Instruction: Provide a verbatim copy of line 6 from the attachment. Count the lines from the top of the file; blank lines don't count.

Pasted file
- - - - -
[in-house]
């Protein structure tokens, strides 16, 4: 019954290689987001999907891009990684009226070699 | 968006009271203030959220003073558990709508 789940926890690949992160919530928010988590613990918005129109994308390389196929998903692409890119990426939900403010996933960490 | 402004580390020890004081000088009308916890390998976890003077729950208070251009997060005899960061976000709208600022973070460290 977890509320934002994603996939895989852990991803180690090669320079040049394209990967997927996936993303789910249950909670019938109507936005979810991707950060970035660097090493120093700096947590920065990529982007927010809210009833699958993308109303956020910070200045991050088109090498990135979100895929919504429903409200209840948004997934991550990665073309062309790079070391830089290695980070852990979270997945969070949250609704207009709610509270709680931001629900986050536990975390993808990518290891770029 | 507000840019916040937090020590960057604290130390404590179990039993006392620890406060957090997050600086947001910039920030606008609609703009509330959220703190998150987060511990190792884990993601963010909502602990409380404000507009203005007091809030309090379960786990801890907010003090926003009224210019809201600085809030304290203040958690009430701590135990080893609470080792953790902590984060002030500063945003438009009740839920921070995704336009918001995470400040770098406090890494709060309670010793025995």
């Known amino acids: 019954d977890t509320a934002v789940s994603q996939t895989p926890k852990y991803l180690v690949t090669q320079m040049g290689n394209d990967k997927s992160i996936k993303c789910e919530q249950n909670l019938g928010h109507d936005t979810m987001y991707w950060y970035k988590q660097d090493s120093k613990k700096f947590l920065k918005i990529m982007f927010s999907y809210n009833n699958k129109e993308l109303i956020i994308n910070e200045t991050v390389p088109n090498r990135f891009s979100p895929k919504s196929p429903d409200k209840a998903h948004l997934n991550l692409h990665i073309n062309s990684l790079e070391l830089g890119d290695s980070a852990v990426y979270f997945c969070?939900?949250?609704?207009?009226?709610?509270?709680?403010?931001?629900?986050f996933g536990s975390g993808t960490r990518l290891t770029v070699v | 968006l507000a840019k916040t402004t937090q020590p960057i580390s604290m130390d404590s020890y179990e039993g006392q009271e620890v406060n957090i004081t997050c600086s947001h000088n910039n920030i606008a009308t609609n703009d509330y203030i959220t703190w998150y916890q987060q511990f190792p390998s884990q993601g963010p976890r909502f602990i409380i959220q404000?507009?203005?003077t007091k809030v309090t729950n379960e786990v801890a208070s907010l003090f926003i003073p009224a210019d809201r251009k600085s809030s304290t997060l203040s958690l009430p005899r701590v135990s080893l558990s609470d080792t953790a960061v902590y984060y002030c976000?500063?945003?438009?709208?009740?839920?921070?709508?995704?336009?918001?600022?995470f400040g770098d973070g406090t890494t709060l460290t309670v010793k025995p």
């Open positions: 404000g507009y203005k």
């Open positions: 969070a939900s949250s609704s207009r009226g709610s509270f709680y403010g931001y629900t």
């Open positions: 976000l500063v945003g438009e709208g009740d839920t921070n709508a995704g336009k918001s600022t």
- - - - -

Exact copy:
């Open positions: 976000l500063v945003g438009e709208g009740d839920t921070n709508a995704g336009k918001s600022t």